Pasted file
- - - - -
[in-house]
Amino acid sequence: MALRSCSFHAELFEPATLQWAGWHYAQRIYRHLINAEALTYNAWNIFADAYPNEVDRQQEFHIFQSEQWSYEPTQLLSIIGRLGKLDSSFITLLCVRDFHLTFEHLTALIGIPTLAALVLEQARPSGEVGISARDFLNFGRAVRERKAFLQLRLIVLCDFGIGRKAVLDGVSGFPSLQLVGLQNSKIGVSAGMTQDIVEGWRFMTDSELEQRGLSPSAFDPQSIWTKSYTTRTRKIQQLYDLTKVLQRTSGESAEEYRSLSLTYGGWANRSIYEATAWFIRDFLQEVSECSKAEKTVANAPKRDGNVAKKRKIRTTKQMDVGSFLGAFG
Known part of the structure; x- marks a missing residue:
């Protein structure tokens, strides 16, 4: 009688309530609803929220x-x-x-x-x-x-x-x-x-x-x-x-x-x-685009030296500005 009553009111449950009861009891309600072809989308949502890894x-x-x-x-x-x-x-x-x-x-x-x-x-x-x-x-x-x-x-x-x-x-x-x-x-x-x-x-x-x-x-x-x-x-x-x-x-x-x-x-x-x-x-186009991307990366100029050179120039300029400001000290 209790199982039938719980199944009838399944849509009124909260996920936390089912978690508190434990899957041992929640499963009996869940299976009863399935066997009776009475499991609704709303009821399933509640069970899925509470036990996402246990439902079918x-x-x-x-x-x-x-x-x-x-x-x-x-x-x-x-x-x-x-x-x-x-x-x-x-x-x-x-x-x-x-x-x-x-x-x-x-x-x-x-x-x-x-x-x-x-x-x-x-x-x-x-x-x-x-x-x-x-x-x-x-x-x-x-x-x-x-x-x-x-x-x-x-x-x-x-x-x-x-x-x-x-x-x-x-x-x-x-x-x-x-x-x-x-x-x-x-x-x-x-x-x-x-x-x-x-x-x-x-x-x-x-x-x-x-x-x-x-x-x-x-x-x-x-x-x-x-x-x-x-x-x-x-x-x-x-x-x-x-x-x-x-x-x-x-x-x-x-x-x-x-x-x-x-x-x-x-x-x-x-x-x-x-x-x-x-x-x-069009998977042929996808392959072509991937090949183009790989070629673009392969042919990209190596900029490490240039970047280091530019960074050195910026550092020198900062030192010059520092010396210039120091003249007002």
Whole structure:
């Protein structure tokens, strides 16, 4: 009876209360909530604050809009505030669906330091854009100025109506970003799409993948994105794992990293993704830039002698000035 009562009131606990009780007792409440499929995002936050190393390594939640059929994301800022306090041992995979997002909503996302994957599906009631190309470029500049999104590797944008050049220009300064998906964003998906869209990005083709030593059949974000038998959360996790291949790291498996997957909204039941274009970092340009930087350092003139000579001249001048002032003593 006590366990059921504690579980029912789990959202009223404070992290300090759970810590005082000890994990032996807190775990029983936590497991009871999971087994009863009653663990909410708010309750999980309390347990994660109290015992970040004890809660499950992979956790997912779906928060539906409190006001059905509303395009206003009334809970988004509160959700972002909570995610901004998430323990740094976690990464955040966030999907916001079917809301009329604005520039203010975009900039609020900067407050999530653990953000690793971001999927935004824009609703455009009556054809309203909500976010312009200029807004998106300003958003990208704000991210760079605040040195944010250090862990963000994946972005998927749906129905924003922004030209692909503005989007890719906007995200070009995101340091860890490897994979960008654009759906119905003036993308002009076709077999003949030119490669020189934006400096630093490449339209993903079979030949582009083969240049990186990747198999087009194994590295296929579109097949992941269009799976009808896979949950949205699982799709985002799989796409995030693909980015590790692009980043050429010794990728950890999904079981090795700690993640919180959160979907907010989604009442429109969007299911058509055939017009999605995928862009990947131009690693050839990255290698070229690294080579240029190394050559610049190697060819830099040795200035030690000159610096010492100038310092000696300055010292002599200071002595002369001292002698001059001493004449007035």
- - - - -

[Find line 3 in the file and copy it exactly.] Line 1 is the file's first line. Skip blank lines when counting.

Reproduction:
Known part of the structure; x- marks a missing residue: